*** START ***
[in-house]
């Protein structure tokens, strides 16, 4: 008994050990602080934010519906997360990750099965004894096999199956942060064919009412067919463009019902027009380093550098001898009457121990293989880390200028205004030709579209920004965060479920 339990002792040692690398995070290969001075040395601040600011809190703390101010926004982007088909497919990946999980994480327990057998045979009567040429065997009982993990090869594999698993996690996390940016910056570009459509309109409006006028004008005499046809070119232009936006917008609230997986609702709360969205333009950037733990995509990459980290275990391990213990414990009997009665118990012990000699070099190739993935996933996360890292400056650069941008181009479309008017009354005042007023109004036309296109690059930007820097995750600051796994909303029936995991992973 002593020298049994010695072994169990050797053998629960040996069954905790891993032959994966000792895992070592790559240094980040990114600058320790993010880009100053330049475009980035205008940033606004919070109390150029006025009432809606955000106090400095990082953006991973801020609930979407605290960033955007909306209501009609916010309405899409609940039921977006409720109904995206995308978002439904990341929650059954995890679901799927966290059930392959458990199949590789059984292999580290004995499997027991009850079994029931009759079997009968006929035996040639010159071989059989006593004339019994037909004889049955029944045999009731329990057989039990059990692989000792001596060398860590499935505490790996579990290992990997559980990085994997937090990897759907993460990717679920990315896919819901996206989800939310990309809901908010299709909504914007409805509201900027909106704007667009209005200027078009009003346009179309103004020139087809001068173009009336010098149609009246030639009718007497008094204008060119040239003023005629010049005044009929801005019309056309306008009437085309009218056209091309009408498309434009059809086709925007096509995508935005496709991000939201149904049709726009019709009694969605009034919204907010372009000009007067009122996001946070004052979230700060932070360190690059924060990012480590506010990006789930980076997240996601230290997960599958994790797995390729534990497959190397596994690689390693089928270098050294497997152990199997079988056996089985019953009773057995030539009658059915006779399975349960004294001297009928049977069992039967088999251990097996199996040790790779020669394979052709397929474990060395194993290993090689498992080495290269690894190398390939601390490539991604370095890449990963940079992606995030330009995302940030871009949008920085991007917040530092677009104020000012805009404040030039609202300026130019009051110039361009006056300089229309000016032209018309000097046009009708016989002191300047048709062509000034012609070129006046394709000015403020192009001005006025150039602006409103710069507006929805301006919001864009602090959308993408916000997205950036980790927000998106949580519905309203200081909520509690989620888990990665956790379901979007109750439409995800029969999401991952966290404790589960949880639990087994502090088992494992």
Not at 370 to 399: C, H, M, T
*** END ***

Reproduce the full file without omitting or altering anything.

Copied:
[in-house]
């Protein structure tokens, strides 16, 4: 008994050990602080934010519906997360990750099965004894096999199956942060064919009412067919463009019902027009380093550098001898009457121990293989880390200028205004030709579209920004965060479920 339990002792040692690398995070290969001075040395601040600011809190703390101010926004982007088909497919990946999980994480327990057998045979009567040429065997009982993990090869594999698993996690996390940016910056570009459509309109409006006028004008005499046809070119232009936006917008609230997986609702709360969205333009950037733990995509990459980290275990391990213990414990009997009665118990012990000699070099190739993935996933996360890292400056650069941008181009479309008017009354005042007023109004036309296109690059930007820097995750600051796994909303029936995991992973 002593020298049994010695072994169990050797053998629960040996069954905790891993032959994966000792895992070592790559240094980040990114600058320790993010880009100053330049475009980035205008940033606004919070109390150029006025009432809606955000106090400095990082953006991973801020609930979407605290960033955007909306209501009609916010309405899409609940039921977006409720109904995206995308978002439904990341929650059954995890679901799927966290059930392959458990199949590789059984292999580290004995499997027991009850079994029931009759079997009968006929035996040639010159071989059989006593004339019994037909004889049955029944045999009731329990057989039990059990692989000792001596060398860590499935505490790996579990290992990997559980990085994997937090990897759907993460990717679920990315896919819901996206989800939310990309809901908010299709909504914007409805509201900027909106704007667009209005200027078009009003346009179309103004020139087809001068173009009336010098149609009246030639009718007497008094204008060119040239003023005629010049005044009929801005019309056309306008009437085309009218056209091309009408498309434009059809086709925007096509995508935005496709991000939201149904049709726009019709009694969605009034919204907010372009000009007067009122996001946070004052979230700060932070360190690059924060990012480590506010990006789930980076997240996601230290997960599958994790797995390729534990497959190397596994690689390693089928270098050294497997152990199997079988056996089985019953009773057995030539009658059915006779399975349960004294001297009928049977069992039967088999251990097996199996040790790779020669394979052709397929474990060395194993290993090689498992080495290269690894190398390939601390490539991604370095890449990963940079992606995030330009995302940030871009949008920085991007917040530092677009104020000012805009404040030039609202300026130019009051110039361009006056300089229309000016032209018309000097046009009708016989002191300047048709062509000034012609070129006046394709000015403020192009001005006025150039602006409103710069507006929805301006919001864009602090959308993408916000997205950036980790927000998106949580519905309203200081909520509690989620888990990665956790379901979007109750439409995800029969999401991952966290404790589960949880639990087994502090088992494992």
Not at 370 to 399: C, H, M, T